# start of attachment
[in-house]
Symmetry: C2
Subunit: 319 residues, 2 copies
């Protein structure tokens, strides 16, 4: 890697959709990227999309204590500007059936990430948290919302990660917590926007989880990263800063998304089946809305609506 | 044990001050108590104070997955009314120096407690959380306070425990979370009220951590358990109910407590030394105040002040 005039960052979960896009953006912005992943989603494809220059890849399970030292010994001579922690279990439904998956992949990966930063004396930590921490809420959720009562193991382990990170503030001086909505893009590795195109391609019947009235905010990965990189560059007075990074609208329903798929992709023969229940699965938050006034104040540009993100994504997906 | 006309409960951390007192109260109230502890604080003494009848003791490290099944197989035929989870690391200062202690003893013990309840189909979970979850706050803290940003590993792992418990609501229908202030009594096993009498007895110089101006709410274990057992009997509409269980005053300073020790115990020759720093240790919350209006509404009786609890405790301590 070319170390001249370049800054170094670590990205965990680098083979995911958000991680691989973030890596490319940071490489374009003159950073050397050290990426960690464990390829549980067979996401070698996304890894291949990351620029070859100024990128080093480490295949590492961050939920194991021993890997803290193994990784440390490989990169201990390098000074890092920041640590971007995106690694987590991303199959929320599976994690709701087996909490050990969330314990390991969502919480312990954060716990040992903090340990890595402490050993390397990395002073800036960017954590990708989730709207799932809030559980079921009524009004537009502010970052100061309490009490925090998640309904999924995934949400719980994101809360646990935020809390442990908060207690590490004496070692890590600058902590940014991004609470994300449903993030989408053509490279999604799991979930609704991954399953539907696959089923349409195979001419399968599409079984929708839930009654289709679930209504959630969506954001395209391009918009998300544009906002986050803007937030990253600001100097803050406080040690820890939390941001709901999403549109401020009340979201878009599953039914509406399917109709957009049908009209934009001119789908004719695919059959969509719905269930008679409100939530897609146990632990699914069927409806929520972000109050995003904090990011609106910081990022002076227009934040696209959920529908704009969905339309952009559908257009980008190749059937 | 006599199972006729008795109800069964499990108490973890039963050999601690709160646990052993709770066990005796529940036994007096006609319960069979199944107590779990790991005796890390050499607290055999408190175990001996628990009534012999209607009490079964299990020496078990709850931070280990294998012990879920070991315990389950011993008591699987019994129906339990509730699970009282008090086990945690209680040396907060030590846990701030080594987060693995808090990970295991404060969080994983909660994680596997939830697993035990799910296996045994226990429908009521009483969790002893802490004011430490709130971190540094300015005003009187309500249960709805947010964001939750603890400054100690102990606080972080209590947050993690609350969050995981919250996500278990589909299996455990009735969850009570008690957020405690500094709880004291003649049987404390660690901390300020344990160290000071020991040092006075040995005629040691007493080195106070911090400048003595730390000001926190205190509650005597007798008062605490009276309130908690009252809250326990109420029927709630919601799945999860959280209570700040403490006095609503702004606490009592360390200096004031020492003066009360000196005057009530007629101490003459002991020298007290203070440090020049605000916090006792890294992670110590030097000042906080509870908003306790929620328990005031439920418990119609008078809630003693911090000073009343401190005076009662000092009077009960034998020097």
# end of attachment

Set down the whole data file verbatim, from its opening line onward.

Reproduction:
[in-house]
Symmetry: C2
Subunit: 319 residues, 2 copies
């Protein structure tokens, strides 16, 4: 890697959709990227999309204590500007059936990430948290919302990660917590926007989880990263800063998304089946809305609506 | 044990001050108590104070997955009314120096407690959380306070425990979370009220951590358990109910407590030394105040002040 005039960052979960896009953006912005992943989603494809220059890849399970030292010994001579922690279990439904998956992949990966930063004396930590921490809420959720009562193991382990990170503030001086909505893009590795195109391609019947009235905010990965990189560059007075990074609208329903798929992709023969229940699965938050006034104040540009993100994504997906 | 006309409960951390007192109260109230502890604080003494009848003791490290099944197989035929989870690391200062202690003893013990309840189909979970979850706050803290940003590993792992418990609501229908202030009594096993009498007895110089101006709410274990057992009997509409269980005053300073020790115990020759720093240790919350209006509404009786609890405790301590 070319170390001249370049800054170094670590990205965990680098083979995911958000991680691989973030890596490319940071490489374009003159950073050397050290990426960690464990390829549980067979996401070698996304890894291949990351620029070859100024990128080093480490295949590492961050939920194991021993890997803290193994990784440390490989990169201990390098000074890092920041640590971007995106690694987590991303199959929320599976994690709701087996909490050990969330314990390991969502919480312990954060716990040992903090340990890595402490050993390397990395002073800036960017954590990708989730709207799932809030559980079921009524009004537009502010970052100061309490009490925090998640309904999924995934949400719980994101809360646990935020809390442990908060207690590490004496070692890590600058902590940014991004609470994300449903993030989408053509490279999604799991979930609704991954399953539907696959089923349409195979001419399968599409079984929708839930009654289709679930209504959630969506954001395209391009918009998300544009906002986050803007937030990253600001100097803050406080040690820890939390941001709901999403549109401020009340979201878009599953039914509406399917109709957009049908009209934009001119789908004719695919059959969509719905269930008679409100939530897609146990632990699914069927409806929520972000109050995003904090990011609106910081990022002076227009934040696209959920529908704009969905339309952009559908257009980008190749059937 | 006599199972006729008795109800069964499990108490973890039963050999601690709160646990052993709770066990005796529940036994007096006609319960069979199944107590779990790991005796890390050499607290055999408190175990001996628990009534012999209607009490079964299990020496078990709850931070280990294998012990879920070991315990389950011993008591699987019994129906339990509730699970009282008090086990945690209680040396907060030590846990701030080594987060693995808090990970295991404060969080994983909660994680596997939830697993035990799910296996045994226990429908009521009483969790002893802490004011430490709130971190540094300015005003009187309500249960709805947010964001939750603890400054100690102990606080972080209590947050993690609350969050995981919250996500278990589909299996455990009735969850009570008690957020405690500094709880004291003649049987404390660690901390300020344990160290000071020991040092006075040995005629040691007493080195106070911090400048003595730390000001926190205190509650005597007798008062605490009276309130908690009252809250326990109420029927709630919601799945999860959280209570700040403490006095609503702004606490009592360390200096004031020492003066009360000196005057009530007629101490003459002991020298007290203070440090020049605000916090006792890294992670110590030097000042906080509870908003306790929620328990005031439920418990119609008078809630003693911090000073009343401190005076009662000092009077009960034998020097």